Improve Your Timing For Better Tee Shots

Long and straight drives take patience

J.D. Cuban

By Alison Lee Photos by J.D. Cuban
April 12, 2017

This is my third year on the LPGA Tour, and I had five top-10 finishes in 2016. There are several parts of my game I can credit for that, but my driving is something I'm really working on. My average distance off the tee is about 260 yards, and I hit the fairway eight out of every 10 drives. If that sounds like a good combination of distance and accuracy, then take my advice and work on your timing like I do. To be in sync, my swing can't be too long or too fast, or I'll struggle to square the face at impact. In fact, swing speed is the furthest thing from my mind. I'm thinking about staying smooth. Next time you practice, swing as fast as you can with your driver a few times, then dial it back to a speed that allows you to consistently hit the ball solidly. If that feels like half-speed, so be it. Don't underestimate the value of hitting the ball squarely on the clubface if you want to be longer and straighter. Continue reading for more tips on improving your tee shots.

—With Keely Levins

I walk behind the ball after I tee it up and take two practice swings. The first is a half-swing, reminding me not to let my real swing get too long. The second is full, but nice and slow. Just like you, I can get tense. When that happens, I tend to move, walk, talk and swing faster. So the second rehearsal swing, combined with a few deep breaths, helps me remain calm. After I choose my target and shot, I step in and line up the clubface first, then my feet. To make sure my hands are in the right spot at address, they should block the view of my left foot. My dad taught me that. I look at the target one more time (below) and then start my swing. All of this might sound too methodical, but a consistent pre-shot routine leads to consistent timing.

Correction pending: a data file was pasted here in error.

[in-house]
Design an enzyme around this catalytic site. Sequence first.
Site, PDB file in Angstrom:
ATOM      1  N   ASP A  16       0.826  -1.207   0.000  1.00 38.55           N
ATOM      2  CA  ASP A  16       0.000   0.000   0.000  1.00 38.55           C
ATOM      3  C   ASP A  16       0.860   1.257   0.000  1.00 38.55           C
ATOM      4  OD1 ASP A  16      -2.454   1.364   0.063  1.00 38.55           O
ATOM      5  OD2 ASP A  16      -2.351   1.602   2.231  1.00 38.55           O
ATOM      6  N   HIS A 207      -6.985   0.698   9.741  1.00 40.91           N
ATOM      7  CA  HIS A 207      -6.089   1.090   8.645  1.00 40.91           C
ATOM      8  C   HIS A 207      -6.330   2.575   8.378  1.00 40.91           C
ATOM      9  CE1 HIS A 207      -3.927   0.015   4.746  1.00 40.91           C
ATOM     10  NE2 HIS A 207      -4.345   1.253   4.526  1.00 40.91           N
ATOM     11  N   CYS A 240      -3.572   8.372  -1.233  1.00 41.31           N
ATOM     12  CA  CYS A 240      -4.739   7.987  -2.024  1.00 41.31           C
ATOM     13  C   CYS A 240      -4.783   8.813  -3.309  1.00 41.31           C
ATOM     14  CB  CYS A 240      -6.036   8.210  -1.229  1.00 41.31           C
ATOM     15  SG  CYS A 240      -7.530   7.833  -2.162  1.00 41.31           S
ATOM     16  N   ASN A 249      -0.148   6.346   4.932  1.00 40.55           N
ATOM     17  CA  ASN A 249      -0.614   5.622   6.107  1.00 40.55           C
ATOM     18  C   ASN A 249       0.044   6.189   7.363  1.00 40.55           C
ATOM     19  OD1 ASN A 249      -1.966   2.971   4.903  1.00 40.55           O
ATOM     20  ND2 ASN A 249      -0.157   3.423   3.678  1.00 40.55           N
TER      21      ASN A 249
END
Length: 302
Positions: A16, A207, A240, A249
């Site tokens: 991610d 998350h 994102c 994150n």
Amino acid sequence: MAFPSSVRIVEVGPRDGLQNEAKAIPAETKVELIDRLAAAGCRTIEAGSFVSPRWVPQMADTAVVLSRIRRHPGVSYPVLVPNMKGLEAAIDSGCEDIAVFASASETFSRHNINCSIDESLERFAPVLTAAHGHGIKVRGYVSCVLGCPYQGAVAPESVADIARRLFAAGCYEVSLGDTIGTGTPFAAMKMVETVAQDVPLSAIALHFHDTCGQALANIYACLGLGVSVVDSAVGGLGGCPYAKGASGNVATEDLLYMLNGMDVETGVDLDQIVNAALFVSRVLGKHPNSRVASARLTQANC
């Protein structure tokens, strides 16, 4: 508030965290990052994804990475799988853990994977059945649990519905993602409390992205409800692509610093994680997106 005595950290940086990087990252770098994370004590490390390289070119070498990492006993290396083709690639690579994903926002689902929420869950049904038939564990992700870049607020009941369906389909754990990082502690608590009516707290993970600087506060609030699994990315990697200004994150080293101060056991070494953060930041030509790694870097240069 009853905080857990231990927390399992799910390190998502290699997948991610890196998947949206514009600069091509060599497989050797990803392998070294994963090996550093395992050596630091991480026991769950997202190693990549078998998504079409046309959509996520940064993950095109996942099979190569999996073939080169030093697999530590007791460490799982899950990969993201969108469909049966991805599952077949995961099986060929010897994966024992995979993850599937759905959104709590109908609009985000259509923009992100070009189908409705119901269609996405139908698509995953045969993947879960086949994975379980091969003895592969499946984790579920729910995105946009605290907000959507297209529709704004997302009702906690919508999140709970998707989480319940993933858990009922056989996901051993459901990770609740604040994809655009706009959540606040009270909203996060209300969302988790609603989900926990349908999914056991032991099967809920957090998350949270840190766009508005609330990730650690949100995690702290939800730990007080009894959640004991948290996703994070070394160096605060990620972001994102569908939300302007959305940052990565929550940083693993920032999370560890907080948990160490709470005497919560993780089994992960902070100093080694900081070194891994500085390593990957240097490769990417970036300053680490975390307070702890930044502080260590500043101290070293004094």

J.D. Cuban

When I'm taking the club back, I don't like excess movement—that's how you lose your timing. I want to stay in control, and that means making a compact swing. It's easy to get excited with the driver and swing out of your shoes. To avoid doing that, one of my favorite drills is to take the driver back no farther than where my left arm is parallel to the ground (below). I'll hit five shots from this position and one more with my normal-length swing. I keep alternating like this to ingrain a feeling of being compact and connected with my driver. It really improves my ball-striking.


J.D. Cuban

“One more thing about timing: I don’t have time for negative thoughts.”

At the top of the swing, I like to feel my weight loaded on the instep of my right foot. This means that I haven't turned back too far with my hips. You don't need a huge hip turn to hit solid drives. In fact, having too much can make your swing too long and loose for any consistency with your ball-striking. With my weight set, I know I'm ready to start the downswing. Whenever I get nervous, I have a tendency to turn my hips toward the target too fast compared to my upper body—the spinout move. To keep from doing that, I feel as though the end of the grip is leading the way and moving toward the ball (below). This keeps my upper body rotation in time with my lower body. I get back to the ball unhurried, but accelerating.


J.D. Cuban

A sign your timing is off is when your hands are doing too much to hit the ball. My hands are just an extension of my arm swing and body rotation. When they're moving as a part of that bigger piece, I want my left wrist flat and firm and the back of that hand pointing toward the target at impact (below). That helps put the clubface in position to hit an accurate drive. It's similar to my left-hand position at address. That sounds simple because I keep it simple, and so should you. Shorten up, swing easy and keep everything moving together and you'll split the fairway.


J.D. Cuban